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Overview

The NQL conditions field supports most of the syntax that is available in NQL. Nonetheless, this component cannot support the whole range of operators that NQL provides.

The main goal of this component is to declare the filters using NQL syntax for alerts or events that trigger a webhook.

Building the NQL conditions query

NQL tables

The official NQL documentation states, the query should start by specifying the name of the table to be used.

The list of tables that are allowed in the NQL conditions field are:

NQL Object

Available in Webhook

diagnostic.alerts

Yes

execution.starts

No

execution.crashes

No

campaign.responses

No

campaign.name_of_campaign

No

remote_action.execution

No

remote_action.id_of_remote_action

No

device_performance.boots

No

device_performance.crashes

No

device_performance.hard_reset

No

session.logins

No

session.logouts

No

session.connect

No

session.disconnect

No

session.locks

No

session.unlocks

No

collector.updates

No

There is one characteristic that renders all the previous events unique, which is that all of them are Punctual events. This means that they occur at a specific point in time and do not have a span, as may be the case for other events such as appex.transactions

No error message is displayed when you reference an NQL table other than what is listed above for the NQL Conditions field. The Webhook is saved correctly and an error occurs only after the condition is evaluated. In the future, the component will be adjusted to display a message when an NQL table is not allowed to be used.

NQL operators

As mentioned in the section above, not all NQL operators are at the customer’s disposal. Since you are dealing with punctual events, there is a subset of NQL operators that are valid and those that are not. See the table below:

NQL Operator

Type

Available in Webhook

where

selection

Yes

and

filtering

Yes

or

filtering

Yes

list

projection

No

compute … by

computation

No

limit

selection

No

asc / desc

filtering

No

during past

selection

No

from … to …

selection

No

summarize

computation

No

summarize by …

computation

No

Regardless of the type of NQL query that you are creating, it is important to pay attention to the table and the properties that can be used.

The list of fields for each of the tables allowed in the NQL conditions are listed below:

NQL Object

NQL property

Property Type

Operator

Example

diagnostic.alerts

alert_config.name

String

==, !=, contains, !contains

alert_config.name == “Alert Name”
alert_config.name contains “Alert Name”

diagnostic.alerts

alert_config.multiple_context

Boolean

==, !=

alerts.multiple_context == true

diagnostic.alerts

alert_config.threshold

Float / Integer

>, <, >=, <=, ==, !=

alerts.threshold >= 4.0

diagnostic.alerts

alert_config.priority

Enum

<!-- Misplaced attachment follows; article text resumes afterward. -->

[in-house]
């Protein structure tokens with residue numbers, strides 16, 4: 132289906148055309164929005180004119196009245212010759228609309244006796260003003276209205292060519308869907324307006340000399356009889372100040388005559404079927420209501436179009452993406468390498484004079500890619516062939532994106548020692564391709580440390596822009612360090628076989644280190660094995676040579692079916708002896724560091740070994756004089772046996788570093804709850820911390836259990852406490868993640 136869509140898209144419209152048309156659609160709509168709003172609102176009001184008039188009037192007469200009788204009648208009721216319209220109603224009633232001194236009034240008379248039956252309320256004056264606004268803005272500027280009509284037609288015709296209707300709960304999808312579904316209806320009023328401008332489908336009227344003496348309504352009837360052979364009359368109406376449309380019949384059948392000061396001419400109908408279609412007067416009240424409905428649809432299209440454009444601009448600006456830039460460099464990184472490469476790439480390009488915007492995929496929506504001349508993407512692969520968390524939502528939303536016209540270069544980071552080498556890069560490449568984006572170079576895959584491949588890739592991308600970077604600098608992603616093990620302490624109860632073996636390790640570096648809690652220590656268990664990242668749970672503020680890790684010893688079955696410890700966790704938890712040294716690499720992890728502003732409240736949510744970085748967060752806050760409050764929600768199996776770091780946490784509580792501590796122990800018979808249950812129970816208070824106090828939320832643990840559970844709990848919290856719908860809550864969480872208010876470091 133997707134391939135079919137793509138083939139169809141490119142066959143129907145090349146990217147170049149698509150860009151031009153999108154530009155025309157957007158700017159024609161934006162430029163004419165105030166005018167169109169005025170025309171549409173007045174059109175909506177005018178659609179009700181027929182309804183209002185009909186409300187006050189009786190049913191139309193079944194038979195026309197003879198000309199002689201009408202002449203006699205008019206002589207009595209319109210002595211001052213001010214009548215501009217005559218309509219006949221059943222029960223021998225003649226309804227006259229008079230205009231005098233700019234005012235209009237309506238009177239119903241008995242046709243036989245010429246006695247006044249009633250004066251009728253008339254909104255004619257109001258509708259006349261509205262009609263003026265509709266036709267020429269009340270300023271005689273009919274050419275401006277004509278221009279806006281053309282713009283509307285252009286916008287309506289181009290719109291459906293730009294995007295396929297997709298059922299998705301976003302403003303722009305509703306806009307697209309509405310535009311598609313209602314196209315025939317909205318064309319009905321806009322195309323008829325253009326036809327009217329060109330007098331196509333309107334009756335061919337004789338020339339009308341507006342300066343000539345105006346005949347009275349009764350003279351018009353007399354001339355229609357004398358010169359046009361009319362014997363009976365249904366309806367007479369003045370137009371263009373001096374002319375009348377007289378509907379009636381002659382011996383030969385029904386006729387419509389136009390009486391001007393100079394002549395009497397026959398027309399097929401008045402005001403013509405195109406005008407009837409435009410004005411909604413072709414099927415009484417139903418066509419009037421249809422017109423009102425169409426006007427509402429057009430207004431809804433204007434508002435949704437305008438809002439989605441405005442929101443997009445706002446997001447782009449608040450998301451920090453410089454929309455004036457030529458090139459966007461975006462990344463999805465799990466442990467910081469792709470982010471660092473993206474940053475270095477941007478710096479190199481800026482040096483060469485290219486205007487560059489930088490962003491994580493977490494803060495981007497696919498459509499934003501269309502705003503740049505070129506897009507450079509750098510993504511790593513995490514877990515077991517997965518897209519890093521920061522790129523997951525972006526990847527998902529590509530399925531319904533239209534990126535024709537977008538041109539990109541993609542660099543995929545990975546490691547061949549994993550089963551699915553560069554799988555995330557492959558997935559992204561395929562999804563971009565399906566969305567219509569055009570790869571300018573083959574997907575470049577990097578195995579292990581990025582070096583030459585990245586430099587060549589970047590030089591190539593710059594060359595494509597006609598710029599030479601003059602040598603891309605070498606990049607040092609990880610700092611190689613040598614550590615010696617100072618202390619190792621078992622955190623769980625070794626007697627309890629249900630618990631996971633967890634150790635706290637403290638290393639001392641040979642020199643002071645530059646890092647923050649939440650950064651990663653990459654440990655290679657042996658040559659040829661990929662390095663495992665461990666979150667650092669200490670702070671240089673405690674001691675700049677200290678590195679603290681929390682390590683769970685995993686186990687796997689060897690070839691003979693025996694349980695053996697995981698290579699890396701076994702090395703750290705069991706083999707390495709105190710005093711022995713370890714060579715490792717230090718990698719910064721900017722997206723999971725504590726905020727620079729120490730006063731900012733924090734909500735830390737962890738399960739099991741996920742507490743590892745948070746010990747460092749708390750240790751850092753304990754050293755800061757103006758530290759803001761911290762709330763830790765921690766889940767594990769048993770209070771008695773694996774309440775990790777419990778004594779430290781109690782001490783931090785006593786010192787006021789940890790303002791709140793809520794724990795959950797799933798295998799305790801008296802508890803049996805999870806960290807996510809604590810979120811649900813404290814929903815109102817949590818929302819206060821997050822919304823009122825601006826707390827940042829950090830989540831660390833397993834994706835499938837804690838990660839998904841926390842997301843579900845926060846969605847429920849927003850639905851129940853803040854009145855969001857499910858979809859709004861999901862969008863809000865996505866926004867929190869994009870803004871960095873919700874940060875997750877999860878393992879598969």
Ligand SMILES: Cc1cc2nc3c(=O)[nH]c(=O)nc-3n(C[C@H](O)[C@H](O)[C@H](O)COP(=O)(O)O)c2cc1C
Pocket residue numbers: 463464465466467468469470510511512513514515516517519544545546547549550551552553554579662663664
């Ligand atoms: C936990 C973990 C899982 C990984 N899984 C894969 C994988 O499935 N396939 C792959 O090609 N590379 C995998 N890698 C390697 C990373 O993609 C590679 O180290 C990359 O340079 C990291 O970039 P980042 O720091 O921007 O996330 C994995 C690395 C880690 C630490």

==, !=

alert_config.priority == CRITICAL

diagnostic.alerts

alert_config.tags

String Array

contains, !contains

alert_config.tags contains “ITSM”

If you use an NQL table or field as part of a query that is not listed in the table above, it won’t be processed appropriately, even if its syntax is well written. In future, there will be more flexibility to incorporate more tables and fields into the NQL conditions editor.

Examples of queries

Examples of valid queries for NQL conditions field

Trigger a webhook when an alert with the name “MS Teams crashes in the last 24 hours” is triggered:

diagnostic.alerts
| where alert_config.name == “MS Teams crashes in the last 24 hours”
CODE

Trigger a webhook when an alert with tags Webhook and ServiceNow, and with critical priority is triggered:

diagnostic.alerts
| where alert_config.tags contains “Webhook” 
and alert_config.tags contains “ServiceNow”
and alert_config.priority == HIGH 
CODE

Trigger a Webhook when an alert with tags “Webhook-4me” or alert name is “MS Teams crashes for SD” is triggered:

diagnostic.alerts
| where alert_config.tags contains “Webhook-4me” 
or alert_config.name == “MS Teams crashes for SD”
CODE

Trigger a Webhook when an alert with tags “Outlook” or alert name is “MS Teams crashes for SD”, and configured threshold that is greater than 5:

diagnostic.alerts
| where alert_config.tags contains “Outlook”
or alert_config.name == "MS Teams crashes for SD"
and alert_config.threshold > 5
CODE

Example of invalid queries in NQL conditions field

Using NQL tables that are not valid:

device_performance.activities during past 7d
| where events.normalized_cpu_usage > 14
CODE

Using properties that are not available:

diagnostic.alerts
| where alerts.trigger_time == "2021-10-23" and alerts.context contains "JIRA" 
CODE

Using operators that are not available:

diagnostic.alerts 
| with appex.errors during past 7d 
| where alerts.trigger_time == "2021-10-23" and alerts.context contains "JIRA"
| list appex.errors.count.sum(), alerts.id
CODE